There are a lot of parallels between Gillen's character on "Mayor of Kingstown" and his turn as Petyr "Littlefinger" Baelish on "Game of Thrones." The wheels are constantly turning, and he's an opportunist who is one step ahead of everyone else. Milo contributes to the chaos and uses it to his advantage to escape unnoticed, and there's no doubt he hasn't finished with Mike or Iris.

Sheridan tends to eschew motives in favor of a universal understanding that bad people simply do bad things, so despite Milo being a primary antagonist throughout Season 1, viewers have no idea what his endgame is and how or why Mike factors into it moving forward. It's worth noting that Milo proves to be the only inmate with a motive worth uncovering while the rest are painted with much broader stereotypical strokes.

Iris and Mike are two lost souls

There may be no more tragic character on "Mayor of Kingstown" than Iris (Emma Laird). Milo uses Iris to gain leverage over his adversaries, including Mike, but when she fails, he sells her to the Duke (Andrew Howard), whose gang inflicts unspeakable horrors upon her. She turns into a broken bird who Mike feels compelled to protect, although we never fully understand why. Their connection is thinly drawn, and with both characters' backstories largely unexplored, it comes down to two damaged people thrown together to provide a romantic subplot.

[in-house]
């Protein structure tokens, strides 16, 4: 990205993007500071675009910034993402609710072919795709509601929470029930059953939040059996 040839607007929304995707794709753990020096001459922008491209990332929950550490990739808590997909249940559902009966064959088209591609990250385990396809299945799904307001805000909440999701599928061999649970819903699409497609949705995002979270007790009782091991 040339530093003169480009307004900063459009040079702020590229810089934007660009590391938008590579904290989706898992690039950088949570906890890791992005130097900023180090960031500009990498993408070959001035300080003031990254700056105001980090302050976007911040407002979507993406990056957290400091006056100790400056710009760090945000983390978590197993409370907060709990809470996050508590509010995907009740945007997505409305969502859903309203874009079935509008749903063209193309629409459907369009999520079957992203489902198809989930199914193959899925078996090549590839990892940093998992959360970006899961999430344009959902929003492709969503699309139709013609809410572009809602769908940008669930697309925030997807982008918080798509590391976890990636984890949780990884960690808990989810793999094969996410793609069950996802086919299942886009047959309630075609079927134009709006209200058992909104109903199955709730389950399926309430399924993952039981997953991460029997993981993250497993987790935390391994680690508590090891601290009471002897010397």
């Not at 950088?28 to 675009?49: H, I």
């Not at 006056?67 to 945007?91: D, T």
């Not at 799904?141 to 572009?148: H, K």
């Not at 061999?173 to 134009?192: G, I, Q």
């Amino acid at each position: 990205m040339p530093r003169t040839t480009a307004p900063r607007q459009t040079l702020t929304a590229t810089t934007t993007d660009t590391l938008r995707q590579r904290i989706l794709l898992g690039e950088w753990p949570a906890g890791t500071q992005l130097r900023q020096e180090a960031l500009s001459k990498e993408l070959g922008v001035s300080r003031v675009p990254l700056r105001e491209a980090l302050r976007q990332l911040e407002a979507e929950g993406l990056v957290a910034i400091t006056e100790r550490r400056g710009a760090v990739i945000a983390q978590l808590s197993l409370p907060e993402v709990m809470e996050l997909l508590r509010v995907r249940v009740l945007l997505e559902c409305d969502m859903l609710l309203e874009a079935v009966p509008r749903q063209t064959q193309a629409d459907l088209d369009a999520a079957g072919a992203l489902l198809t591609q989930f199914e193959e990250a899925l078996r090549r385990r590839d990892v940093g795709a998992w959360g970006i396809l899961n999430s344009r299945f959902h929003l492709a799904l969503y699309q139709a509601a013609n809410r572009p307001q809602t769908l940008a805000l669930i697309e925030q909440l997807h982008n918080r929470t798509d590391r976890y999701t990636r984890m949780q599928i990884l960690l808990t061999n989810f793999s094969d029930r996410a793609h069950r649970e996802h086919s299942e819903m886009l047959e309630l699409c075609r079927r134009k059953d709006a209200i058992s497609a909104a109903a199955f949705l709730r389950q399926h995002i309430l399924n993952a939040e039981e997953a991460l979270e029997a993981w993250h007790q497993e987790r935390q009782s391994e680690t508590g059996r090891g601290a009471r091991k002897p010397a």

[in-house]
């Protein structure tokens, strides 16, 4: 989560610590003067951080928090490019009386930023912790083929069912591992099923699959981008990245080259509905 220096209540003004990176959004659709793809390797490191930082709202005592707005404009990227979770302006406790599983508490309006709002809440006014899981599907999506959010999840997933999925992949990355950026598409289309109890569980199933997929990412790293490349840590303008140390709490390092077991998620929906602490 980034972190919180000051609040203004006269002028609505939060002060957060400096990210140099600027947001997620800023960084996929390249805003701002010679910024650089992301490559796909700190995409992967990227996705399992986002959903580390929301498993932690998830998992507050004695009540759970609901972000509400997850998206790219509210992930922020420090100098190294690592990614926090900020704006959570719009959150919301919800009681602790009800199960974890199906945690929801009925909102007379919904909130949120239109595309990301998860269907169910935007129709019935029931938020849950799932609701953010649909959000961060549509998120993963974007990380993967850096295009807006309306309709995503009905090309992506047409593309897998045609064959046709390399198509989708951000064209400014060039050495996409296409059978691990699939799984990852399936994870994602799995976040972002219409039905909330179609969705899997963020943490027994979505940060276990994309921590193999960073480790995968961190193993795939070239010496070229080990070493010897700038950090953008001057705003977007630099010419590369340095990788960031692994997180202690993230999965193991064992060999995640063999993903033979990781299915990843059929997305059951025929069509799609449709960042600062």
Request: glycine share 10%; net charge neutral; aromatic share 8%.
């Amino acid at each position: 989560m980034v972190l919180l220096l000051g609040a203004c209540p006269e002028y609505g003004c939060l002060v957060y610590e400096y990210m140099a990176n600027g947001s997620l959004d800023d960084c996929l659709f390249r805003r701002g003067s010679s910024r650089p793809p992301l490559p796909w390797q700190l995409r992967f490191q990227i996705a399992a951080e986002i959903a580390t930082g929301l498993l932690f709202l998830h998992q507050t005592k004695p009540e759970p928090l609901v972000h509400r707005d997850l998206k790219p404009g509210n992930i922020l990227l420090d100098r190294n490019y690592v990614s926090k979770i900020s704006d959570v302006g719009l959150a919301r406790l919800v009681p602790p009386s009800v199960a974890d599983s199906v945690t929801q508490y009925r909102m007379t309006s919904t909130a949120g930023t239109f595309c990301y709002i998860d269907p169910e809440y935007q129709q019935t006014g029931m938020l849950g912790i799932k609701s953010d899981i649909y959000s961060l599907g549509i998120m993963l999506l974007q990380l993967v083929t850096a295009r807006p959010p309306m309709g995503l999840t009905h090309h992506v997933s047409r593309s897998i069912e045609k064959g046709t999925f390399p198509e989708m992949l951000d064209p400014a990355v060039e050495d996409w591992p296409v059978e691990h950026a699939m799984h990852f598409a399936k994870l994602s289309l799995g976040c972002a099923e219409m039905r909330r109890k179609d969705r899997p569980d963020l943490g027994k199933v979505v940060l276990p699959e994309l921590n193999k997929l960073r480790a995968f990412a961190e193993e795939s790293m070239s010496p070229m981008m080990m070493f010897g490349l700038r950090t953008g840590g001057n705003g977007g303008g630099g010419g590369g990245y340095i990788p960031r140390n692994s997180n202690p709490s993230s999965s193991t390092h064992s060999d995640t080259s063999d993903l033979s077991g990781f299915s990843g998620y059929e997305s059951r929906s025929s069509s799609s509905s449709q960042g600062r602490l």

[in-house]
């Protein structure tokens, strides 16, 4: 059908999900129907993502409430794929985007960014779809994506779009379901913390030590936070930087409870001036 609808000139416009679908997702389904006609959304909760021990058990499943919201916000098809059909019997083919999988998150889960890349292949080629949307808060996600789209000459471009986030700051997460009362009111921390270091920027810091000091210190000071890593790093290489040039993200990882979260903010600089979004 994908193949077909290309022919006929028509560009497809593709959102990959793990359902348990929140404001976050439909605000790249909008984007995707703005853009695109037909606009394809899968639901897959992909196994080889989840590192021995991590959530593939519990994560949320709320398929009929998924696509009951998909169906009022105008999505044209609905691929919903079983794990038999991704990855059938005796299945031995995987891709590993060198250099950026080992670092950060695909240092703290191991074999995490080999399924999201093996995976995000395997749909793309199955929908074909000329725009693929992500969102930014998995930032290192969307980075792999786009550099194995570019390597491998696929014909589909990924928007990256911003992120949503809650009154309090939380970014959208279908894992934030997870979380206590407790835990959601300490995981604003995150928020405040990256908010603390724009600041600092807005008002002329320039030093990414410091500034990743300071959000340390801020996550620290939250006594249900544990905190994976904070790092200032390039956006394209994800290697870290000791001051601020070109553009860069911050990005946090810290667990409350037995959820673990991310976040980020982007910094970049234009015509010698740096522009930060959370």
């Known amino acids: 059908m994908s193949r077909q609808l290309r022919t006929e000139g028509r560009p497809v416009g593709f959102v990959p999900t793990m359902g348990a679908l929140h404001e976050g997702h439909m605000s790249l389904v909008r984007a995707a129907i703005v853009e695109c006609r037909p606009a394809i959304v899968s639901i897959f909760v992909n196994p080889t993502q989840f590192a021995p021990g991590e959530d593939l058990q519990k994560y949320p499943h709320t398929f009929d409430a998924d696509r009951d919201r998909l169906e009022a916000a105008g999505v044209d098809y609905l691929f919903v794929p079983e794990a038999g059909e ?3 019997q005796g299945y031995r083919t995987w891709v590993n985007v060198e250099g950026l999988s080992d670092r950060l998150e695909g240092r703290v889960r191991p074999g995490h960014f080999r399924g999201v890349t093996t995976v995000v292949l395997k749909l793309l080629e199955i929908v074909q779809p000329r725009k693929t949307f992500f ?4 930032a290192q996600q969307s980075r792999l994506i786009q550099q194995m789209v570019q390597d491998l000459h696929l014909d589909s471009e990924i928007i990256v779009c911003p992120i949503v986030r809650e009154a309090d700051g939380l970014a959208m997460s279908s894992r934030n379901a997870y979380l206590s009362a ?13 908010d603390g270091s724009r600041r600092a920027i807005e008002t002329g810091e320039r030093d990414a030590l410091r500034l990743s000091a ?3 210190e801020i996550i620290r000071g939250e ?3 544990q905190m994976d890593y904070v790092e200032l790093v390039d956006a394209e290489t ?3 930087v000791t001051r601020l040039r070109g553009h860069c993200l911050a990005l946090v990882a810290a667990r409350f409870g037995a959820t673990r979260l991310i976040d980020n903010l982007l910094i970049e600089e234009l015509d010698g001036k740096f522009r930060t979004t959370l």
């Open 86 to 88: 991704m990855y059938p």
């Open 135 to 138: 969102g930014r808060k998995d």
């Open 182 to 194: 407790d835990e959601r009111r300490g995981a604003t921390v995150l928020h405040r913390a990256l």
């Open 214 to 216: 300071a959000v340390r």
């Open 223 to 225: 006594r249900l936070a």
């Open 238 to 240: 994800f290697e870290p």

Despite Mike's role as a supposed savior, the bear roaming his property is a perfect example of Mike's mistakes. In trying to overcome his fears, he creates a monster. Whether he thinks he's doing a good thing feeding a beast despite warnings otherwise, or he acts impulsively, not thinking of long-term ramifications, the bear symbolizes Mike's shortcomings as an advocate, peacemaker, or whatever he believes himself to be.

While he's gone, it's Iris who has to face the creature, in the same way the inmates suffer the consequences of Mike's actions in his absence. Iris' encounter with the bear offers an opportunity for introspection. She admits to Mike that everything she has endured has chipped away at her soul, but in a rare moment of optimism, she questions whether a soul can regenerate. Like Iris, Mike's soul suffers wear and tear, but his bear is P-Dog, and it's unclear if Mike can heal or if future seasons will leave him void of a soul altogether.